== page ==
Who initiated the unveiling of the memorial?
“I suppose I myself am responsible for that. It goes back quite a long way. My father, who came from Czechsolovakia, visited us here in St Andrews on one occasion and asked me whether I knew that a Czech Hussite has been burned at the stake in St Andres and at that point I said: no I didn’t.
“That really started my interest in the whole development and from there it progressed. Thanks to the Czech emigres’ cultural association in London, who encouraged me to pursue this, and eventually a plaque has been made and installed on the September 14 the
Ambassador of the Czech Republic in the United Kingdom came and ceremonially unveiled the plaque in the presence of the principle of St Andrews University.
“I think that is significant because the persecution of Pavel Kravař here in St Andrews was in fact carried out by the university. At that time Scotland was a firmly Catholic country and the university here was a catholic institution and they say his ideas as potentially dangerous, which is why he was received so hostilely and put to death.”
“I think indirectly. It was a hundred years before the Reformation but there was some evidence that at that time in St Andrews and elsewhere in Scotland there were stirrings of opposition to orthodox Catholicism. In fact that is possibly the explanation for his journey to St Andrews, because at the university here in about 1420 the members were made to swear an oath of loyalty to the Church and this fact could suggests that there was a stirring of opposition.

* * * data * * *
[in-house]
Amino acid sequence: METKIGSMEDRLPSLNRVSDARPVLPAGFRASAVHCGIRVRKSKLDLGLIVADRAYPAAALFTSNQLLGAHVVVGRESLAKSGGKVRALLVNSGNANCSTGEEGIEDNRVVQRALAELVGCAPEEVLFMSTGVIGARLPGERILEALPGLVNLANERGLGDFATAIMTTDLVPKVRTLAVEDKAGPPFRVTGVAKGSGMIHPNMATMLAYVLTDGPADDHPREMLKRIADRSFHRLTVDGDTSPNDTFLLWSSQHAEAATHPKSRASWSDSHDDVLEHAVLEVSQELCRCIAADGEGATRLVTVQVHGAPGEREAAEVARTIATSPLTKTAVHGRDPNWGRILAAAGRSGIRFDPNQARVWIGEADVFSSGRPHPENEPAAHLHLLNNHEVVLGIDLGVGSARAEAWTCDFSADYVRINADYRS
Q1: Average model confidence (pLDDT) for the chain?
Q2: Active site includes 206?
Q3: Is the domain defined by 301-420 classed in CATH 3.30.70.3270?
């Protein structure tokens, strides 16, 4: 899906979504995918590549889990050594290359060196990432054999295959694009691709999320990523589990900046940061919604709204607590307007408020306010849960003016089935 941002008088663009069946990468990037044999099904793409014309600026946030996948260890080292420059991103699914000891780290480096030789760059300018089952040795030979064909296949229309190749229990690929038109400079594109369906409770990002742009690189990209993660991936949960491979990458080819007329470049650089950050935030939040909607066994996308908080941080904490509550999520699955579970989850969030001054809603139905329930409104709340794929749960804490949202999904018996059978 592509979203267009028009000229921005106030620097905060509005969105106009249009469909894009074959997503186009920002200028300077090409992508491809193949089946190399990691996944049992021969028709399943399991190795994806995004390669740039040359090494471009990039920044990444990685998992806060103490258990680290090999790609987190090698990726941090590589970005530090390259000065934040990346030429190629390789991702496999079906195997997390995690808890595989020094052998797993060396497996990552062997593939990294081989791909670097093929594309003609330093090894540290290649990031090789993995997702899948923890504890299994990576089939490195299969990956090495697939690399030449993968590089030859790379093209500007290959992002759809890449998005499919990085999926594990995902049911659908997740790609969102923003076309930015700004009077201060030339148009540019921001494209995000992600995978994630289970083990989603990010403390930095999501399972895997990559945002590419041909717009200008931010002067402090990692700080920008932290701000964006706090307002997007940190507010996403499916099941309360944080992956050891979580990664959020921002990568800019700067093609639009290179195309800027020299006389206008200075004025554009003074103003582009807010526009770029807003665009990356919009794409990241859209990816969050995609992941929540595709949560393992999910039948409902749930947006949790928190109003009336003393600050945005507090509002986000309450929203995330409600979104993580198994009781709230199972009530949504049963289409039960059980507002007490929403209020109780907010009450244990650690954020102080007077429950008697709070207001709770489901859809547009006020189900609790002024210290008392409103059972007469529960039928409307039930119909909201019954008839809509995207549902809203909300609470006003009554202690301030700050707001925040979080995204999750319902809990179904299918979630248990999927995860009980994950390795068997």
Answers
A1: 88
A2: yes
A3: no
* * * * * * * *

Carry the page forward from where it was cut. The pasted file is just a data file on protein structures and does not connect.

“And it could well be that the Hussite movement in Prague became aware of these views in Scotland and that is possible reason why Pavel Kravař came here. The timing also is quite significant because the battle of Domažlice took place in 1421when the Hussite movement was defeated an expeditionary force and after that the Council of Basil negotiations for reconciliations between the Church and the Hussite movement were to begin.
“So it is possible, and this is only speculation, because we have absolutely no concrete evidence that Kravař was sent to Scotland to find friends and allies who would help in the Hussite cause at the negotiations. Obviously if that was the cause, then he wasn’t successful.”
Finally, how well is Pavel Kravař known among historians in Scotland?
“I think amongst historian he is well known. But I think the absence of a memorial up to now in St Andrews means that amongst the general public he is not well known. But hopefully the installation of the plaque will now change that situation and more people will become aware of his existence and indeed of the significance of his existence.
“Obviously the Hussite movement in Prague felt that it was important to send someone to Scotland, establishing an important historical link between Central Europe and Scotland, and I think that is something that is significant and to be celebrated.”